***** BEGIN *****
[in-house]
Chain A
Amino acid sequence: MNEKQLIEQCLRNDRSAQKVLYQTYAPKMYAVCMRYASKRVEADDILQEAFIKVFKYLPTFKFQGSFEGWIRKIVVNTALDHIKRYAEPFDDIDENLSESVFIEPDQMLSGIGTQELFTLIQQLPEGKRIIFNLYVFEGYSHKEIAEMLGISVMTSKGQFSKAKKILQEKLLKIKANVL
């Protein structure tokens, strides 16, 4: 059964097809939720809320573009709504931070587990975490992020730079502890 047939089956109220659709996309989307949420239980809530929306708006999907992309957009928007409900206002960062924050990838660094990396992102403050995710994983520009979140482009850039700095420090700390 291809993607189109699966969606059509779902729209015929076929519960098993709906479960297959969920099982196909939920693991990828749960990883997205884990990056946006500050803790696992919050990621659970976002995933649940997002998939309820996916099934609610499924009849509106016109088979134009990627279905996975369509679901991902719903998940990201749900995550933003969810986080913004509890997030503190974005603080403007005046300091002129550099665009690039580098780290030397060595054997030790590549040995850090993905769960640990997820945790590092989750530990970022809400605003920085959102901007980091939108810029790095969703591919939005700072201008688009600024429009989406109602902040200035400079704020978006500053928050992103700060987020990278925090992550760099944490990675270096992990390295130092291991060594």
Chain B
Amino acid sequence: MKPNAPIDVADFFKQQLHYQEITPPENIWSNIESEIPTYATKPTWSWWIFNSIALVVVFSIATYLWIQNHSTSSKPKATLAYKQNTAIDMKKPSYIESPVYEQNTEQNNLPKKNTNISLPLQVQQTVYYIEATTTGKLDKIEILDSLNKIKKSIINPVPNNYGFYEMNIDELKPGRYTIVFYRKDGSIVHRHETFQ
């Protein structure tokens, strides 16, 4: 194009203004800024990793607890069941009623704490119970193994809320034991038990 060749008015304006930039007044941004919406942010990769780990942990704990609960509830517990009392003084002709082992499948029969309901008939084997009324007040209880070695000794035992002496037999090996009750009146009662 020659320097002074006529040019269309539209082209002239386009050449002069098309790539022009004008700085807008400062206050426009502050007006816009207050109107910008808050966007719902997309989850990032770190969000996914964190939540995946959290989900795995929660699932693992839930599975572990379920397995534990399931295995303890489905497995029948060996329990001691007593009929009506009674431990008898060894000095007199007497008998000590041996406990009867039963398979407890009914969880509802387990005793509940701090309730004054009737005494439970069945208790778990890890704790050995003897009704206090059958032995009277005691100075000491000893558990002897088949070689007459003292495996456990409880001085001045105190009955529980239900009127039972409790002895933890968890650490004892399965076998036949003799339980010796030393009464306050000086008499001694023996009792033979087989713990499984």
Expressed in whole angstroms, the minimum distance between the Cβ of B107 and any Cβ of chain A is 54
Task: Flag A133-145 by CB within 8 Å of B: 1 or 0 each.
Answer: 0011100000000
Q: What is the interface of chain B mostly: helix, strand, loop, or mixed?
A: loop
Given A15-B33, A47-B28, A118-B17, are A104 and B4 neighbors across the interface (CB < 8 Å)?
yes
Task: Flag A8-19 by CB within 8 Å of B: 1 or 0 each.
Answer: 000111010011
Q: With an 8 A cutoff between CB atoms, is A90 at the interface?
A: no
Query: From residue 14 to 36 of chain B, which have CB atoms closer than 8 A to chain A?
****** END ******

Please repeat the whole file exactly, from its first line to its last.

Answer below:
[in-house]
Chain A
Amino acid sequence: MNEKQLIEQCLRNDRSAQKVLYQTYAPKMYAVCMRYASKRVEADDILQEAFIKVFKYLPTFKFQGSFEGWIRKIVVNTALDHIKRYAEPFDDIDENLSESVFIEPDQMLSGIGTQELFTLIQQLPEGKRIIFNLYVFEGYSHKEIAEMLGISVMTSKGQFSKAKKILQEKLLKIKANVL
């Protein structure tokens, strides 16, 4: 059964097809939720809320573009709504931070587990975490992020730079502890 047939089956109220659709996309989307949420239980809530929306708006999907992309957009928007409900206002960062924050990838660094990396992102403050995710994983520009979140482009850039700095420090700390 291809993607189109699966969606059509779902729209015929076929519960098993709906479960297959969920099982196909939920693991990828749960990883997205884990990056946006500050803790696992919050990621659970976002995933649940997002998939309820996916099934609610499924009849509106016109088979134009990627279905996975369509679901991902719903998940990201749900995550933003969810986080913004509890997030503190974005603080403007005046300091002129550099665009690039580098780290030397060595054997030790590549040995850090993905769960640990997820945790590092989750530990970022809400605003920085959102901007980091939108810029790095969703591919939005700072201008688009600024429009989406109602902040200035400079704020978006500053928050992103700060987020990278925090992550760099944490990675270096992990390295130092291991060594």
Chain B
Amino acid sequence: MKPNAPIDVADFFKQQLHYQEITPPENIWSNIESEIPTYATKPTWSWWIFNSIALVVVFSIATYLWIQNHSTSSKPKATLAYKQNTAIDMKKPSYIESPVYEQNTEQNNLPKKNTNISLPLQVQQTVYYIEATTTGKLDKIEILDSLNKIKKSIINPVPNNYGFYEMNIDELKPGRYTIVFYRKDGSIVHRHETFQ
């Protein structure tokens, strides 16, 4: 194009203004800024990793607890069941009623704490119970193994809320034991038990 060749008015304006930039007044941004919406942010990769780990942990704990609960509830517990009392003084002709082992499948029969309901008939084997009324007040209880070695000794035992002496037999090996009750009146009662 020659320097002074006529040019269309539209082209002239386009050449002069098309790539022009004008700085807008400062206050426009502050007006816009207050109107910008808050966007719902997309989850990032770190969000996914964190939540995946959290989900795995929660699932693992839930599975572990379920397995534990399931295995303890489905497995029948060996329990001691007593009929009506009674431990008898060894000095007199007497008998000590041996406990009867039963398979407890009914969880509802387990005793509940701090309730004054009737005494439970069945208790778990890890704790050995003897009704206090059958032995009277005691100075000491000893558990002897088949070689007459003292495996456990409880001085001045105190009955529980239900009127039972409790002895933890968890650490004892399965076998036949003799339980010796030393009464306050000086008499001694023996009792033979087989713990499984």
Expressed in whole angstroms, the minimum distance between the Cβ of B107 and any Cβ of chain A is 54
Task: Flag A133-145 by CB within 8 Å of B: 1 or 0 each.
Answer: 0011100000000
Q: What is the interface of chain B mostly: helix, strand, loop, or mixed?
A: loop
Given A15-B33, A47-B28, A118-B17, are A104 and B4 neighbors across the interface (CB < 8 Å)?
yes
Task: Flag A8-19 by CB within 8 Å of B: 1 or 0 each.
Answer: 000111010011
Q: With an 8 A cutoff between CB atoms, is A90 at the interface?
A: no
Query: From residue 14 to 36 of chain B, which have CB atoms closer than 8 A to chain A?